Their waxwork went on display at the centre in Bath on Wednesday morning. It has taken three years to create, with forensic artist Melissa Dring taking as her starting point the sketch done by Austen's sister Cassandra in 1810, the only accepted portrait of the writer other than an 1870 adaptation of that picture. She then used contemporary eyewitness descriptions of the novelist to come up with her own likeness.
Austen's nephew, James Edward Austen-Leigh, described his aunt as "very attractive". "Her figure was rather tall and slender, her step light and firm, and her whole appearance expressive of health and animation. In complexion she was a clear brunette with a rich colour; she had full round cheeks, with mouth and nose small and well-formed, bright hazel eyes, and brown hair forming natural curls close round her face," he wrote in his memoir.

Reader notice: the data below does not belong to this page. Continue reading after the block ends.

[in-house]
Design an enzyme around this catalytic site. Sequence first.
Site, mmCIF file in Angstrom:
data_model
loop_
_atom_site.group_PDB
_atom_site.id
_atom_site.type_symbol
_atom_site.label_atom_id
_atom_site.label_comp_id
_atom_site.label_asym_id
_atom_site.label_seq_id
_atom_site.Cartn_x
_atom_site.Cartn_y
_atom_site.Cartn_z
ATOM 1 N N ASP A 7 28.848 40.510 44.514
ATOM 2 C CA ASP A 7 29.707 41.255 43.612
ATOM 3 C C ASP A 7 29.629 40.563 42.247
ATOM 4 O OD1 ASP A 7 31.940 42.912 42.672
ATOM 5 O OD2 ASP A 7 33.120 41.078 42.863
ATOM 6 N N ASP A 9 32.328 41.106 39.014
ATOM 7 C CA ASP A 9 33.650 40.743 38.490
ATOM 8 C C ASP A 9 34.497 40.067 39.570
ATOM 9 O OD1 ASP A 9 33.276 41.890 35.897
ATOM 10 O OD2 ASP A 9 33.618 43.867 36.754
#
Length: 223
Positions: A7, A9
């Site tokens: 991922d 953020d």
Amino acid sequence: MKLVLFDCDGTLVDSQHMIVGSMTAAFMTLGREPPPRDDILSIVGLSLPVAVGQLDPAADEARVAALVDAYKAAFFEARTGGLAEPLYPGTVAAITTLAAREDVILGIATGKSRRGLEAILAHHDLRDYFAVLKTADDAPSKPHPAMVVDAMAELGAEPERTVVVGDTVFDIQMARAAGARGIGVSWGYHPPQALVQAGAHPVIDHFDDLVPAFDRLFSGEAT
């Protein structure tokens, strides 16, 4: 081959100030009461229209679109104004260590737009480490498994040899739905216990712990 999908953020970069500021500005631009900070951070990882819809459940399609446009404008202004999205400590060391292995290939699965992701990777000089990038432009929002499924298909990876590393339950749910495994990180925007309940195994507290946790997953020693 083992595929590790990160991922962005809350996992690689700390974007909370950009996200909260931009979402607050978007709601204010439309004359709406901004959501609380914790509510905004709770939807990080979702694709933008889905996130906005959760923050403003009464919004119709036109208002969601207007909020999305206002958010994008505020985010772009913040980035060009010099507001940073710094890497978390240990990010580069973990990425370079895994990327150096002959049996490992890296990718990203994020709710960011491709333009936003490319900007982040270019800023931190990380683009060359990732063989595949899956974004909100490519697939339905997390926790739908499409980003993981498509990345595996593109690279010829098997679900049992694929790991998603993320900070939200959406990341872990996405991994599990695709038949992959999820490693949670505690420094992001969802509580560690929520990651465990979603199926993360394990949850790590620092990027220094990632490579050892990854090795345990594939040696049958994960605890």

Caroline Austen, his sister, had it that "as to my Aunt's personal appearance, hers was the first face that I can remember thinking pretty … Her face was rather round than long – she had a bright, but not pink colour – a clear brown complexion and very good hazle [sic] eyes … Her hair, a darkish brown, curled naturally – it was in short curls around her face."
The Jane Austen Centre said its new waxwork had been "created by a specialist team using forensic techniques which draw on contemporary eye-witness accounts", and that it is the closest "anyone has come to the real Jane Austen for 200 years", reported the BBC.
"[Cassandra's portrait] does make it look like she's been sucking lemons," Dring told the BBC. "She has a somewhat sour and dour expression. But we know from all accounts of her, she was very lively, very great fun to be with and a mischievous and witty person."
Dring said the new statue was "pretty much like her". "She came from a large … family and they all seemed to share the long nose, the bright sparkly brown eyes and curly brown hair," she said. "And these characteristics come through the generations."
from: Guardian